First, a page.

"The local staff can take over the activities for a week or two or three, and you can easily put activities on remote control, for example, from Amman," Christof said. "But if it is longer than that -- let's say three weeks, four weeks -- then it becomes really serious for the beneficiaries because they don't have anybody else to take care of them."

Christof says his group -- which focuses on health, water and sanitation issues in Baghdad and rural areas -- has no plans to reduce its staff of four foreigners and about 65 local employees. But he says the violence is affecting the aid operations: "Our activities in the field, our humanitarian assistance programs are, of course, really suffering from this violent environment as we have to spend a lot of time on security measures, on security plans to protect our expat staff, but as well as to protect our local staff. We have taken over responsibilities for many thousands of people in Baghdad and the rural areas. And up to now we don't have any plans to suspend or stop these activities because that would immediately lead to a dramatic and very tense situation in the areas where we are working. We plan to stay if security allows."

Iraqi authorities understand that any downsizing of foreign aid operations in Iraq will seriously undermine the humanitarian and social situation in the country. Iraqi Deputy Interior Minister Ahmad Kazim Ibrahim has promised aid groups that efforts will continue to beef up security measures.

"I sent a message to humanitarian agencies working in Iraq to continue their operations and not be affected by this criminal act and [promised] the Iraqi police will continue their work to maintain security," he said.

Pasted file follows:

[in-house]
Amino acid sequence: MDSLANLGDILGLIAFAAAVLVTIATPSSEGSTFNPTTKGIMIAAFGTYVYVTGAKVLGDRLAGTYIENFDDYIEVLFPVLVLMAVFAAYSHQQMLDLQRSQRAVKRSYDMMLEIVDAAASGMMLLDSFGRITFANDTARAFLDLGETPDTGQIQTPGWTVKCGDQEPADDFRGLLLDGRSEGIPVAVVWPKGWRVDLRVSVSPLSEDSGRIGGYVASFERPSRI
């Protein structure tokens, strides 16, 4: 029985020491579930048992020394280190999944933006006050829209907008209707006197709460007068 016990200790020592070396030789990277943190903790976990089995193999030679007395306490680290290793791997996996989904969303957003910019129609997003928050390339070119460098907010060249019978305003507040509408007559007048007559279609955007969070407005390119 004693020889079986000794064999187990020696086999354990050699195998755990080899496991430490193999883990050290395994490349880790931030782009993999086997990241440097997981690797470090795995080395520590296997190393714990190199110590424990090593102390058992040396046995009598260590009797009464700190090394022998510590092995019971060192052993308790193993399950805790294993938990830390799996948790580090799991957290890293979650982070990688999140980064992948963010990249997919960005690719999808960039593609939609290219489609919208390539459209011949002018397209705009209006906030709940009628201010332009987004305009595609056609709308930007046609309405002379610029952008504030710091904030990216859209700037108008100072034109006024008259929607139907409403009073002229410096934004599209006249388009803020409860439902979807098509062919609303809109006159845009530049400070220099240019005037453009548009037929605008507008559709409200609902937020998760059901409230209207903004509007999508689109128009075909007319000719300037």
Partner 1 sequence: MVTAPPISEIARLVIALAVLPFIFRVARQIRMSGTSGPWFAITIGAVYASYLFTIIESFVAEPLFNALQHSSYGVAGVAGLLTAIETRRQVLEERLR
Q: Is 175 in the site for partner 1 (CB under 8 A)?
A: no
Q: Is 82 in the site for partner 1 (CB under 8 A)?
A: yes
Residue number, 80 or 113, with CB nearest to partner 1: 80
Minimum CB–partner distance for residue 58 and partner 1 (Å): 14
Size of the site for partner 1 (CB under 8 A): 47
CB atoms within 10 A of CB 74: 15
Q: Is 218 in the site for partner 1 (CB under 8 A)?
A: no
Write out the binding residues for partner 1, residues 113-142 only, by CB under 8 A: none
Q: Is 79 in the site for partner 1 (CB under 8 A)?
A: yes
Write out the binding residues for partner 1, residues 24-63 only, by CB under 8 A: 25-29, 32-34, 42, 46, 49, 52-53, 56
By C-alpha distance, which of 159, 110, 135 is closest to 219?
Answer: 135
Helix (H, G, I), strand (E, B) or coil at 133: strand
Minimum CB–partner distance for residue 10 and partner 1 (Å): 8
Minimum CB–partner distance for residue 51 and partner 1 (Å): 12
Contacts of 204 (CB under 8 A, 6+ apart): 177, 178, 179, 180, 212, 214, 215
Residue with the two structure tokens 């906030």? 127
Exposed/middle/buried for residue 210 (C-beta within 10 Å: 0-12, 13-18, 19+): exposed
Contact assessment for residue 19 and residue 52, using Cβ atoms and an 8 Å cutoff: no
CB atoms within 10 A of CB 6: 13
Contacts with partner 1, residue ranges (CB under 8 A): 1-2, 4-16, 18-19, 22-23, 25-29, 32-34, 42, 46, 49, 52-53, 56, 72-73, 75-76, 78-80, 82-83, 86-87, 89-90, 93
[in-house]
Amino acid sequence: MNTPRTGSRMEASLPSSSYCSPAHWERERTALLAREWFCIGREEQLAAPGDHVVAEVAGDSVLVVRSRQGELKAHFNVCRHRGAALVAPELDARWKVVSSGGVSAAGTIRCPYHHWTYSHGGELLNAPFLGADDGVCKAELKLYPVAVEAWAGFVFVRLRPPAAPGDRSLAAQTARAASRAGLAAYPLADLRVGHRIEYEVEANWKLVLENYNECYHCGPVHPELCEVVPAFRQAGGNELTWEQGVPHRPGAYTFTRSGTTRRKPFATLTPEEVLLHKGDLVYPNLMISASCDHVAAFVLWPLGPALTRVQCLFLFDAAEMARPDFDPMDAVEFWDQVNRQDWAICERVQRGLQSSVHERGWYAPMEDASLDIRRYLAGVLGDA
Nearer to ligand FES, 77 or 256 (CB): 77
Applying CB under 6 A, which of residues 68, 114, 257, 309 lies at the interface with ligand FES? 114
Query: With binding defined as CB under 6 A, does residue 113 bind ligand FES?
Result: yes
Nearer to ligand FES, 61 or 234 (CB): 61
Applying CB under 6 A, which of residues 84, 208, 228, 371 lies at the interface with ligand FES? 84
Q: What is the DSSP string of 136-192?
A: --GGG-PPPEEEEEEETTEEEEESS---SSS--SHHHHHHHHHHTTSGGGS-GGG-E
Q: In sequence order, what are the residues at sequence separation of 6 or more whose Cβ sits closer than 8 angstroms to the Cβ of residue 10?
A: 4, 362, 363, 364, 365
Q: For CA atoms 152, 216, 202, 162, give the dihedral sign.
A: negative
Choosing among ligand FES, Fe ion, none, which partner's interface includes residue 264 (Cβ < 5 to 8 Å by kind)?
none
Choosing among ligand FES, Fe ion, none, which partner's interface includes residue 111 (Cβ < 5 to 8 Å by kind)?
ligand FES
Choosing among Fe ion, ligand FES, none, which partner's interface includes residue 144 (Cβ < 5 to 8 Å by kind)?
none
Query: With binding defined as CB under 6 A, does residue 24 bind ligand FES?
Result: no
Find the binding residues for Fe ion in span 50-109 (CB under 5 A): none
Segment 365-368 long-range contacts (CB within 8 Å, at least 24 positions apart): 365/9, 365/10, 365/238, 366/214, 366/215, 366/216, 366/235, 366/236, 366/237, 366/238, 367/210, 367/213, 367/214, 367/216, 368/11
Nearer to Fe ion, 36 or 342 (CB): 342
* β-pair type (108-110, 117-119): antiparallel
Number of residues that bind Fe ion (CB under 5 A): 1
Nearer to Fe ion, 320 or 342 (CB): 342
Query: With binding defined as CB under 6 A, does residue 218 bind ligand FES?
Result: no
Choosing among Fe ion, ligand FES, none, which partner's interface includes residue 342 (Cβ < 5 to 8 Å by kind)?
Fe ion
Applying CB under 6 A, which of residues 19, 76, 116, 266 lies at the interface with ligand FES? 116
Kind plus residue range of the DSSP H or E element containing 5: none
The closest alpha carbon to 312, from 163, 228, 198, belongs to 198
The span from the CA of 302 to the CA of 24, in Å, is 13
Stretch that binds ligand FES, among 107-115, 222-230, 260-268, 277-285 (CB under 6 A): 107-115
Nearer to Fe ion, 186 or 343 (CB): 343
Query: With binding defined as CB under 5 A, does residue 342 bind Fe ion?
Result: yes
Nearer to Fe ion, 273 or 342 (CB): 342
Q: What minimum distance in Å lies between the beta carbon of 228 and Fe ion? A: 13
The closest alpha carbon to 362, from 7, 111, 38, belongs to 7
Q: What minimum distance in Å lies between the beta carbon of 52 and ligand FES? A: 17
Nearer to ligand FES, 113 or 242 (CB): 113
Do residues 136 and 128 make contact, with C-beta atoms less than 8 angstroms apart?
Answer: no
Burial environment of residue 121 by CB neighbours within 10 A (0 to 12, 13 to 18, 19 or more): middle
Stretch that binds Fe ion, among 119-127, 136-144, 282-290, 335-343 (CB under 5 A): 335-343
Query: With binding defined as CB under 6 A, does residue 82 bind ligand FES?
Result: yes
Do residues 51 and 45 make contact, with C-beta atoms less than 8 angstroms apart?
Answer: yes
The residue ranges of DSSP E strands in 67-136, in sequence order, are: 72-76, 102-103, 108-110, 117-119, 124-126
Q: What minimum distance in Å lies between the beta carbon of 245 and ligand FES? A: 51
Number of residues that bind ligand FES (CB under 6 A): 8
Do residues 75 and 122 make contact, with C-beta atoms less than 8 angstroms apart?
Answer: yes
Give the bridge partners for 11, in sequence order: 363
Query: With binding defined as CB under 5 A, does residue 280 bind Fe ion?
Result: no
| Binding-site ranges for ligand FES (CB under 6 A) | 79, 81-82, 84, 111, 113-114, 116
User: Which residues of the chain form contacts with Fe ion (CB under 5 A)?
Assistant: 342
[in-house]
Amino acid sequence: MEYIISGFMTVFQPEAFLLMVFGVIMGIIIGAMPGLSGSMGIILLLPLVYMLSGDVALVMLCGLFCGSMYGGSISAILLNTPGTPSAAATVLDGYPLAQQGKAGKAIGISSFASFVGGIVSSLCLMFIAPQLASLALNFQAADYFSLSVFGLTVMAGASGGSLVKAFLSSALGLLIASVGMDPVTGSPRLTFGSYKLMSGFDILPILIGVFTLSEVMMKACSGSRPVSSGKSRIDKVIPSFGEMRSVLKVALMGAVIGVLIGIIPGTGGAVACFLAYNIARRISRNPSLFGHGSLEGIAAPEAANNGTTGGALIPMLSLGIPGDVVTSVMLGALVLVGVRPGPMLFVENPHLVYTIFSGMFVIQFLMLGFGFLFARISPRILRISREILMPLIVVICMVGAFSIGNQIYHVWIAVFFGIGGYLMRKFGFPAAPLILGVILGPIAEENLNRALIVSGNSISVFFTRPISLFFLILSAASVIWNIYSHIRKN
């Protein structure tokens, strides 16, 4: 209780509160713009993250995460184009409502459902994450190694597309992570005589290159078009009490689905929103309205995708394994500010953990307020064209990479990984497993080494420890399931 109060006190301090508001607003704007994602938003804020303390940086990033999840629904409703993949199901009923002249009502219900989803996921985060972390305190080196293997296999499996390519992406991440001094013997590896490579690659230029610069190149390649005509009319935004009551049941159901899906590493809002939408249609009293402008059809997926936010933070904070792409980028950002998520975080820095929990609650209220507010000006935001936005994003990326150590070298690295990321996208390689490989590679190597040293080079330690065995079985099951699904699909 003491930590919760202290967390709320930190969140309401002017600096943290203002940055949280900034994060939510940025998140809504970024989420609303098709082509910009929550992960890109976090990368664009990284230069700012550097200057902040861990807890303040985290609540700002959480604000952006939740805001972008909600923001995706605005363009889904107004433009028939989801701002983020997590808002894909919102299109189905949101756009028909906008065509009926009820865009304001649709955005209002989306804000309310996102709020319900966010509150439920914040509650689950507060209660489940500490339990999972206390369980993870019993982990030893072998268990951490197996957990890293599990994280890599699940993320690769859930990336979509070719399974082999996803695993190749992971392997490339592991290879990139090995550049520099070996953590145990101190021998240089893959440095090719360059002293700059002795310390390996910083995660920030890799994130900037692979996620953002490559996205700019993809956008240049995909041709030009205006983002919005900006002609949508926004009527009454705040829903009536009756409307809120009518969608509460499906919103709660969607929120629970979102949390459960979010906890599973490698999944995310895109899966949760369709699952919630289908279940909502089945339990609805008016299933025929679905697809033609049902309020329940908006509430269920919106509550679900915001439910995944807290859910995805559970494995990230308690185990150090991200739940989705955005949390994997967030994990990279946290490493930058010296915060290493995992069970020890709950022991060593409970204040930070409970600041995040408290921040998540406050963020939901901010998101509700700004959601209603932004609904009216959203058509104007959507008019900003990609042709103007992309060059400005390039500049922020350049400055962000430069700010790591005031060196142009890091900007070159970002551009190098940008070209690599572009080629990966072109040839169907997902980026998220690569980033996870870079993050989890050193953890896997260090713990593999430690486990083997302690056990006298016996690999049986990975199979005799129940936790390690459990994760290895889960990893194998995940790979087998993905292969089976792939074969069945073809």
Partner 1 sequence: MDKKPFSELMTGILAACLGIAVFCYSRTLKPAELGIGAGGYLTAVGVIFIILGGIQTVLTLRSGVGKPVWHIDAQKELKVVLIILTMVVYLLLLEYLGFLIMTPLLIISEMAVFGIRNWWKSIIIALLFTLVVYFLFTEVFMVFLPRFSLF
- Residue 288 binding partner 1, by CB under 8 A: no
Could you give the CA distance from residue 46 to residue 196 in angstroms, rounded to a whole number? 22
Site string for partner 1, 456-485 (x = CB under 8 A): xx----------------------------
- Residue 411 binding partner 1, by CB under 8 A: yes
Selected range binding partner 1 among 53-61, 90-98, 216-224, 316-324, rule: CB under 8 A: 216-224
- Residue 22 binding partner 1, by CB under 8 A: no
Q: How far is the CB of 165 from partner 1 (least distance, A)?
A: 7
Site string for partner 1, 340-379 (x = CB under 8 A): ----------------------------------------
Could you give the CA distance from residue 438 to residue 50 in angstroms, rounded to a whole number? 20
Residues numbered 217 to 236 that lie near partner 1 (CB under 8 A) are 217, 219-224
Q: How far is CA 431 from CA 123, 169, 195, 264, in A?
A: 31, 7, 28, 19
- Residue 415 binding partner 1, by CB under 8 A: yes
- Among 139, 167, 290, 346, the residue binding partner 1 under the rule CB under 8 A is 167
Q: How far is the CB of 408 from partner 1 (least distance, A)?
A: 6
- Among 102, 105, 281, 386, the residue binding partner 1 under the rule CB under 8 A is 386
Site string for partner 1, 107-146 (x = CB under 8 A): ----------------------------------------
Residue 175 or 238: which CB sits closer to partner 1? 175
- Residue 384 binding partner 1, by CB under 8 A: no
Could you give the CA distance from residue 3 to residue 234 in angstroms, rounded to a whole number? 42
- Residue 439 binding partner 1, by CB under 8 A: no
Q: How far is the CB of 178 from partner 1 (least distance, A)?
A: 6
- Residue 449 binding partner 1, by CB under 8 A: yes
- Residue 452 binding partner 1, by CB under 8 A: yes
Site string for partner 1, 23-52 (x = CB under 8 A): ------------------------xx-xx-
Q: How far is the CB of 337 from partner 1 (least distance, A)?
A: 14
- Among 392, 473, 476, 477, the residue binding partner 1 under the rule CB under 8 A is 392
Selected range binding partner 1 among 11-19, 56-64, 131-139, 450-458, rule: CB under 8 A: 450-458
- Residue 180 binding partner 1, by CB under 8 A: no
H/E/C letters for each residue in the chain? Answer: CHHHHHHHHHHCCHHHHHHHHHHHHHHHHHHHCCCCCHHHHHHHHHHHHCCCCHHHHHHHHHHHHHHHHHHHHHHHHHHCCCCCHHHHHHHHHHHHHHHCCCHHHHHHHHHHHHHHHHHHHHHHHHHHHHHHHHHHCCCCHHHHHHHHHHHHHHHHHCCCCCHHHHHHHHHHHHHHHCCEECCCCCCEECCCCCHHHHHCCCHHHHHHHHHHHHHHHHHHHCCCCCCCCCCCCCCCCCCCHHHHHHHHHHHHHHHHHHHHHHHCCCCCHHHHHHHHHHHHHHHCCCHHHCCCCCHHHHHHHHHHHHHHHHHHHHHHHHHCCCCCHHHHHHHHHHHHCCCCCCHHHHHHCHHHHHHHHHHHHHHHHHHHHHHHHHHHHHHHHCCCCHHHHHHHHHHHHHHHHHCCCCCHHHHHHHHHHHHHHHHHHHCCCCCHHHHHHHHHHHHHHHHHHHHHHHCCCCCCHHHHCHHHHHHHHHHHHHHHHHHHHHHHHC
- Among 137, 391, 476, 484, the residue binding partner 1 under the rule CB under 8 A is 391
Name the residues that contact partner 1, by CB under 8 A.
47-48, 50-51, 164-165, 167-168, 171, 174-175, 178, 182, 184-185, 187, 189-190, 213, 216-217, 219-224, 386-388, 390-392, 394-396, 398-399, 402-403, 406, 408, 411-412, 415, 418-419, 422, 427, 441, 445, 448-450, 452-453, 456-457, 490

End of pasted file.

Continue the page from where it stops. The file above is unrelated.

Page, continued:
Meanwhile, aid workers who have decided to remain in Iraq are taking precautions to reduce the risks. The general rule is for foreign workers to keep low profiles, to differentiate themselves from coalition authorities, and to position their aid groups as independent, nonpartisan organizations that are not associated with the occupying forces.

Many aid agencies in Baghdad have taken identifying signs off their doors and also are using vehicles without logos.

"We have to show our independence and neutrality, which means that we totally have to avoid weapons," Christof said. "We do not have bodyguards. But we take passive measures, like avoiding any kind of visibility, reducing the movements within the country or within Baghdad to the minimum which is essential to run a project."

Aid organizations in Baghdad are very reluctant to openly discuss security issues for fear of causing additional risks to people on the ground. But smaller NGOs generally seem to believe that they are less likely to be targeted if they perform their activities in Iraq without drawing undue attention to themselves.

David Pankratz is executive board member of a committee created to coordinate the work of NGOs in Iraq. He told the Economic Intelligence Unit that "as far as we can tell, there are not people plotting in dark little corners to hit the small NGOs."

No matter how many precautions are taken, however, Christof says such risks simply go with the job: "Frankly speaking, every foreigner who is walking around in the streets of Baghdad is a potential target. This is part of our job. Nobody will play the hero in this country, but we have to balance very well what is the impact of your humanitarian assistance with the risk that is combined with it."